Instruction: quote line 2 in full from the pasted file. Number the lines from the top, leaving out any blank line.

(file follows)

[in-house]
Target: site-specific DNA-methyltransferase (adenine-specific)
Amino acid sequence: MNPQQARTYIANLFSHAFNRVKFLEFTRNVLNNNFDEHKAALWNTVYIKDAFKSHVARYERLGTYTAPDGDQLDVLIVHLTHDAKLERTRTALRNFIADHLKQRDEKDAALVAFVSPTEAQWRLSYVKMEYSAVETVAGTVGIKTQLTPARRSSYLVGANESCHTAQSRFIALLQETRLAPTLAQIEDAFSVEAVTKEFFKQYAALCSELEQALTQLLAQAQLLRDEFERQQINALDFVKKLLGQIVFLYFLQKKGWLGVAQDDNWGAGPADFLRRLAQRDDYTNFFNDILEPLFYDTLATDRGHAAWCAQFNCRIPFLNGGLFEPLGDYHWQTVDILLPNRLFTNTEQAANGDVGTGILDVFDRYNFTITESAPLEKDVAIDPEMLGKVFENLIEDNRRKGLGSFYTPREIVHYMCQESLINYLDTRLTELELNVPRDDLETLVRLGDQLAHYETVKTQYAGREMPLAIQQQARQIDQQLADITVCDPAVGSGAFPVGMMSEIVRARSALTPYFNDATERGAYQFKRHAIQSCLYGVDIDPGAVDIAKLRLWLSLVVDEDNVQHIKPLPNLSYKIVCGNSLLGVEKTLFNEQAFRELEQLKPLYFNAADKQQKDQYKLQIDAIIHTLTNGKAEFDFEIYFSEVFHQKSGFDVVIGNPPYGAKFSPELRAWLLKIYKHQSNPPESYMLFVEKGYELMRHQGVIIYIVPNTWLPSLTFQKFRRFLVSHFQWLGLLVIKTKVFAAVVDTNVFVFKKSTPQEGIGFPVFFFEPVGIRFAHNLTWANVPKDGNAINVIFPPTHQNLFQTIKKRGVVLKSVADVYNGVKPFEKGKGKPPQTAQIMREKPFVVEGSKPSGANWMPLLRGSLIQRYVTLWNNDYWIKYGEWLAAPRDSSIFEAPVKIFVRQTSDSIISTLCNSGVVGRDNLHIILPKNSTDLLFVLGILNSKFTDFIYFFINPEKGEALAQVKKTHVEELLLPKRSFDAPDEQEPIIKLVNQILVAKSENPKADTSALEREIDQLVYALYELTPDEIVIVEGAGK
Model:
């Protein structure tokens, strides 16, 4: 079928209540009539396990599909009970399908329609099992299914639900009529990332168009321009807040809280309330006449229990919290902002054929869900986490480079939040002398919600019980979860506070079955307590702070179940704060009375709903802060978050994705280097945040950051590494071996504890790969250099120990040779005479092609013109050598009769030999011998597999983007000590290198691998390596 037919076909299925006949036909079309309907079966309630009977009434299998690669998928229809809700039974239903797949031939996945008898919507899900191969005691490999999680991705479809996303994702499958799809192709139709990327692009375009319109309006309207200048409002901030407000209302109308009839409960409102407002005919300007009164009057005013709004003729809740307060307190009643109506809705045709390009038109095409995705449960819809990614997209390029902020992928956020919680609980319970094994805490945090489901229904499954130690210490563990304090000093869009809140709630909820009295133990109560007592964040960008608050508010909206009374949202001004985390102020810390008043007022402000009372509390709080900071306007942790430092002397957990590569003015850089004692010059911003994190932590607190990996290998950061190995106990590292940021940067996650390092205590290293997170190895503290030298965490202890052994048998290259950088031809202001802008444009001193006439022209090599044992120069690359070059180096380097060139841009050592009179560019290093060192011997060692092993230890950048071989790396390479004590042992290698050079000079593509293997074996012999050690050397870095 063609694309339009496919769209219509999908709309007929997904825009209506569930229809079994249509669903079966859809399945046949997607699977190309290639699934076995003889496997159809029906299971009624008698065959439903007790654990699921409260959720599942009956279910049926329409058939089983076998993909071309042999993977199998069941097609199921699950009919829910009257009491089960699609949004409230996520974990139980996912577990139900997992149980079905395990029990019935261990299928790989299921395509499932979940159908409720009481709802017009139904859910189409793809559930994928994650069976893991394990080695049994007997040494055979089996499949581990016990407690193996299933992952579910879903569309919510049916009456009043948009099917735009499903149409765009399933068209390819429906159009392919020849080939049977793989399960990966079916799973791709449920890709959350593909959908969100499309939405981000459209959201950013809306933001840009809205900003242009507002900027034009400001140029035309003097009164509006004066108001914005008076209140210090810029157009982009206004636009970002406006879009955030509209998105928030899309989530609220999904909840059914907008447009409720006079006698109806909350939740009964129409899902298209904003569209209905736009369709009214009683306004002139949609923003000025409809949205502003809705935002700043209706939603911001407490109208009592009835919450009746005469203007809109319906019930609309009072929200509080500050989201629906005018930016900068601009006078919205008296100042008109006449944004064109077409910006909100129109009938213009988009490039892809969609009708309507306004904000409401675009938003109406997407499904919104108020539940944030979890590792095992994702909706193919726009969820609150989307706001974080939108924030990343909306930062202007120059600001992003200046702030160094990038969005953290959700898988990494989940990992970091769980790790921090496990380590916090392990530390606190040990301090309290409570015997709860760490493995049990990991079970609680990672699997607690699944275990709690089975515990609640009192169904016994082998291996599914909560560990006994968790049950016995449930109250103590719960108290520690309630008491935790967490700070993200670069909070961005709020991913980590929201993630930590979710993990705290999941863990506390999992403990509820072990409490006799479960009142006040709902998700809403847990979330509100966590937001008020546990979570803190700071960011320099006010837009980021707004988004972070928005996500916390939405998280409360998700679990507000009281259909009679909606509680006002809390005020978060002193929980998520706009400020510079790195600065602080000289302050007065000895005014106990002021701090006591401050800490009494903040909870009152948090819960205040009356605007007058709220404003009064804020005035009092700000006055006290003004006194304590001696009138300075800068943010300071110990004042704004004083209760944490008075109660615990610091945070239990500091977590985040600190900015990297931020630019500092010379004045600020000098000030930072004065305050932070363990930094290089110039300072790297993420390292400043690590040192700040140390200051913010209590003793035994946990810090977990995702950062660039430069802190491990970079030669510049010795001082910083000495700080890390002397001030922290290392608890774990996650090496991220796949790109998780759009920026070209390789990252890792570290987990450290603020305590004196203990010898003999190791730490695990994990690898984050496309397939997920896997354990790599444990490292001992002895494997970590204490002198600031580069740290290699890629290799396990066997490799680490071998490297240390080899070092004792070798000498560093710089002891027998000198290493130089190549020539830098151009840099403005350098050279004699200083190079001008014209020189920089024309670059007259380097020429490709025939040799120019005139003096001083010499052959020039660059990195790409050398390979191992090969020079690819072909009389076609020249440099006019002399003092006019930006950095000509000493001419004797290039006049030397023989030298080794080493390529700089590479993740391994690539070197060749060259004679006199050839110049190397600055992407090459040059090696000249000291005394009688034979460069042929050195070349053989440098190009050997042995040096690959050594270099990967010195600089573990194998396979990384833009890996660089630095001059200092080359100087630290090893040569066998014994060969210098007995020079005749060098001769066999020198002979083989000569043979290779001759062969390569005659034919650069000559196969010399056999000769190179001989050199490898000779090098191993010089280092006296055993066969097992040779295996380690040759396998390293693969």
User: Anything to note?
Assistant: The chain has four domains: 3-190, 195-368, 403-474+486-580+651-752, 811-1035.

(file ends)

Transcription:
Target: site-specific DNA-methyltransferase (adenine-specific)